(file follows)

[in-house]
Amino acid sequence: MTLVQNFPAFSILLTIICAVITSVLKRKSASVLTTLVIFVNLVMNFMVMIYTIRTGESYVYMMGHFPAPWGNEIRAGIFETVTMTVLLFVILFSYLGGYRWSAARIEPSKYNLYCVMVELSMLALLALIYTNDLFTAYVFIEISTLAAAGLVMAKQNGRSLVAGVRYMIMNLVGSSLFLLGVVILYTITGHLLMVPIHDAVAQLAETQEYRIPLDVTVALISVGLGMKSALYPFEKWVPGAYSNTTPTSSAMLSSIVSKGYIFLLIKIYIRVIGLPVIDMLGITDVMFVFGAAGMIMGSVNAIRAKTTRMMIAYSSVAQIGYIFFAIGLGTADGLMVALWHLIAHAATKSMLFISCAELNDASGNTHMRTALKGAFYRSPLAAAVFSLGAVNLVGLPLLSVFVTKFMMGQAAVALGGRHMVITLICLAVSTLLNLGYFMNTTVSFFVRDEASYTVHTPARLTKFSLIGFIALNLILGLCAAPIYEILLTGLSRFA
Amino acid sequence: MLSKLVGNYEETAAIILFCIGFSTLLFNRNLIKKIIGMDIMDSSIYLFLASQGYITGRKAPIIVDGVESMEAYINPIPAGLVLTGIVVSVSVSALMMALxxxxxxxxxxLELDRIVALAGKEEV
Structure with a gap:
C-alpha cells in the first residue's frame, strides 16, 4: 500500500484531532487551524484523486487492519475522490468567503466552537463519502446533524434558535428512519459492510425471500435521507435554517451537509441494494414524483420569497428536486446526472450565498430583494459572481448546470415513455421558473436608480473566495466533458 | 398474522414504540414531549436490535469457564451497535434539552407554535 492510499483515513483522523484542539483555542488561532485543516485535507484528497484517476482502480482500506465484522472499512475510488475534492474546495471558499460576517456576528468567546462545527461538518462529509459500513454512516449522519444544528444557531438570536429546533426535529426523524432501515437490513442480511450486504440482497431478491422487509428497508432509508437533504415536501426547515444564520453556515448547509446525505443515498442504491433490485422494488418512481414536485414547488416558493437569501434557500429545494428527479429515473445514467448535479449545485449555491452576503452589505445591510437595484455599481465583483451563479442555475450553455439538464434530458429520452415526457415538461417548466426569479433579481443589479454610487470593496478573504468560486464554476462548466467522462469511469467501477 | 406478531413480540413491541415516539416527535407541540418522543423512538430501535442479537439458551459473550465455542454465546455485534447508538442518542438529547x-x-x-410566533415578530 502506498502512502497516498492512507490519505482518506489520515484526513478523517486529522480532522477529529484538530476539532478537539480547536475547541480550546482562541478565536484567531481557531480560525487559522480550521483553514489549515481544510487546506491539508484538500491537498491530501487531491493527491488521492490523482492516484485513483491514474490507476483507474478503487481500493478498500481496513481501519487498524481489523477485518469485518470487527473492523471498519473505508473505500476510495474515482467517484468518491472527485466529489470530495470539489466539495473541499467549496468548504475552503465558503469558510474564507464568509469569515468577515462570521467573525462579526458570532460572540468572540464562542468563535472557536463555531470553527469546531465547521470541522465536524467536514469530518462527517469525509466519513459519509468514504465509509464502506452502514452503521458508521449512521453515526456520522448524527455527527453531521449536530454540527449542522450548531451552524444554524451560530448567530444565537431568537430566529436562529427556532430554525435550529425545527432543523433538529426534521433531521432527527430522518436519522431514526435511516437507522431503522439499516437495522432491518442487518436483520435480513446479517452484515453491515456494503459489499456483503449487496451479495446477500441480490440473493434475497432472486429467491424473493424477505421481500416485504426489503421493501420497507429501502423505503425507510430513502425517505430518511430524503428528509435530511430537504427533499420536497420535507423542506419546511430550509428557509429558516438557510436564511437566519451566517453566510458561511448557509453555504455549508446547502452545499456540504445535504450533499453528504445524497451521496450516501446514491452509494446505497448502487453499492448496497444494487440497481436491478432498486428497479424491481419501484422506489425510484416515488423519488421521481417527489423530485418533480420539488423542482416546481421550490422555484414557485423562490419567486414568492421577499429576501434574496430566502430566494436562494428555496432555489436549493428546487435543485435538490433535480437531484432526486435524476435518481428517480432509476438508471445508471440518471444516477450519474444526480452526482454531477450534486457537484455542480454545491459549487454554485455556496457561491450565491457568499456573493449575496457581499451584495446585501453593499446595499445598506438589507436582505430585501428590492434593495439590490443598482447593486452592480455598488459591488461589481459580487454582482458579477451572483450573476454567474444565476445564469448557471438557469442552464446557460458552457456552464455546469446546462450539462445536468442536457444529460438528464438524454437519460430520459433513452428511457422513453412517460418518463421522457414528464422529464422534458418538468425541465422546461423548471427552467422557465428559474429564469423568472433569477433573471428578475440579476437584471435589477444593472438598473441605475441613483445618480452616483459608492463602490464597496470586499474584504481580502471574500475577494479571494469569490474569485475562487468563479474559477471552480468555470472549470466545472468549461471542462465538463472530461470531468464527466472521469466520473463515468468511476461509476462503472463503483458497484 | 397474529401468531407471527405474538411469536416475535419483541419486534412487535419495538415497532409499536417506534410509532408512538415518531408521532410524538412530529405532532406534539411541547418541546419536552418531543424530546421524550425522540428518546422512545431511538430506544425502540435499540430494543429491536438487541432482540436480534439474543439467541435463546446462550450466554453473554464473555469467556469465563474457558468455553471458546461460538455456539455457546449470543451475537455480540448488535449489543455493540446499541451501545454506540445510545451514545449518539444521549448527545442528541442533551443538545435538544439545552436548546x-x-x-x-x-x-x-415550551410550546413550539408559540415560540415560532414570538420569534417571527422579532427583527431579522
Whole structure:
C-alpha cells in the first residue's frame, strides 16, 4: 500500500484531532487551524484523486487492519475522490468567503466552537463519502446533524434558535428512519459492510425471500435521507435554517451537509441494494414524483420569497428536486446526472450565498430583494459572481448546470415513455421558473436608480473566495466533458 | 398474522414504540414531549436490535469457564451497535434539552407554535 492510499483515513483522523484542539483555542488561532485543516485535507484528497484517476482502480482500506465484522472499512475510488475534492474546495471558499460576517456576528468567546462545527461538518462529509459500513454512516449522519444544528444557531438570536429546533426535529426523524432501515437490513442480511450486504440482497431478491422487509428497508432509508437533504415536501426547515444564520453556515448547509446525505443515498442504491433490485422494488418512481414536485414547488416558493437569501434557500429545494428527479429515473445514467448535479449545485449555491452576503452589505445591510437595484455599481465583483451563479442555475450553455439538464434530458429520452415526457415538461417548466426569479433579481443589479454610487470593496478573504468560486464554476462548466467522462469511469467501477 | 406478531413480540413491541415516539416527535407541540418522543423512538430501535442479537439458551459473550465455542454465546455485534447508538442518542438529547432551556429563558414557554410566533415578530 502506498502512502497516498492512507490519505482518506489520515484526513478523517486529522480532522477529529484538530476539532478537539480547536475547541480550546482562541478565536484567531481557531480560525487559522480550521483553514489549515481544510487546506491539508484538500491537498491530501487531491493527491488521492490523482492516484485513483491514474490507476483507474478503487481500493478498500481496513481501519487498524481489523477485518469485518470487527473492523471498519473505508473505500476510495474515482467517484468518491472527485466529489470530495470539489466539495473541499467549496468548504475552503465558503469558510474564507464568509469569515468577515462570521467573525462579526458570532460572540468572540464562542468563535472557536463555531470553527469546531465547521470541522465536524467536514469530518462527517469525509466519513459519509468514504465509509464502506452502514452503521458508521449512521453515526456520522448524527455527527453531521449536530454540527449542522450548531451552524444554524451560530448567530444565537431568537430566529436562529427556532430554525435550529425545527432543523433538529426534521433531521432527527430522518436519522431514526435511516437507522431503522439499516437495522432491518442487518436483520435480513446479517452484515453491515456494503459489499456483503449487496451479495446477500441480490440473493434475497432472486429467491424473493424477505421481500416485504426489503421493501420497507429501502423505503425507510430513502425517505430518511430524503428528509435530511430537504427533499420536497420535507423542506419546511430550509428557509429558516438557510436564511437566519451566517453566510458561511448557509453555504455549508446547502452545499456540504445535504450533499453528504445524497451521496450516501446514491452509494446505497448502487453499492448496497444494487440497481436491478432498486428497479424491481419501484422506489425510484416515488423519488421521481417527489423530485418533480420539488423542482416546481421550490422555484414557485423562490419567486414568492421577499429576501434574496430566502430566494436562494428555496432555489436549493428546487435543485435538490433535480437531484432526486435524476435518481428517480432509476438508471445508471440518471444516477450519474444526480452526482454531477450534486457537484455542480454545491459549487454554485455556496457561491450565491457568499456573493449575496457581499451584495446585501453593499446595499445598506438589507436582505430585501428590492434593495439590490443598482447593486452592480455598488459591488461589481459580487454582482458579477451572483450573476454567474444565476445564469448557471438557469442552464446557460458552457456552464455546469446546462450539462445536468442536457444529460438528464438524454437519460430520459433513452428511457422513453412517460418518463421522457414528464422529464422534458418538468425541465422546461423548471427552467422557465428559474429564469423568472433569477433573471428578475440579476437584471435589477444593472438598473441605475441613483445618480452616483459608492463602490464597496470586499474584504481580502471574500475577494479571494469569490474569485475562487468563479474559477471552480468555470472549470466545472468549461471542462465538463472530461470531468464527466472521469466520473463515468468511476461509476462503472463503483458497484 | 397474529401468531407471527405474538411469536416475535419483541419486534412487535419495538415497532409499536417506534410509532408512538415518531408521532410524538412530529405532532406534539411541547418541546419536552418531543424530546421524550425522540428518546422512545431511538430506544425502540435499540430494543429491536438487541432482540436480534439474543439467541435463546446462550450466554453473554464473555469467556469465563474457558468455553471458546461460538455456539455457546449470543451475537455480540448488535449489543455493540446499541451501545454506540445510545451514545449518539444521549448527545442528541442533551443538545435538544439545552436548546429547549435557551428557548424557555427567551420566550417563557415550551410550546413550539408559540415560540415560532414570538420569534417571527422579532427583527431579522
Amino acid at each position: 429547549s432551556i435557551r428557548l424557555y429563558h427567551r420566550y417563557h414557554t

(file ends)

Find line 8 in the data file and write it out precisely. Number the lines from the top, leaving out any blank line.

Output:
Amino acid at each position: 429547549s432551556i435557551r428557548l424557555y429563558h427567551r420566550y417563557h414557554t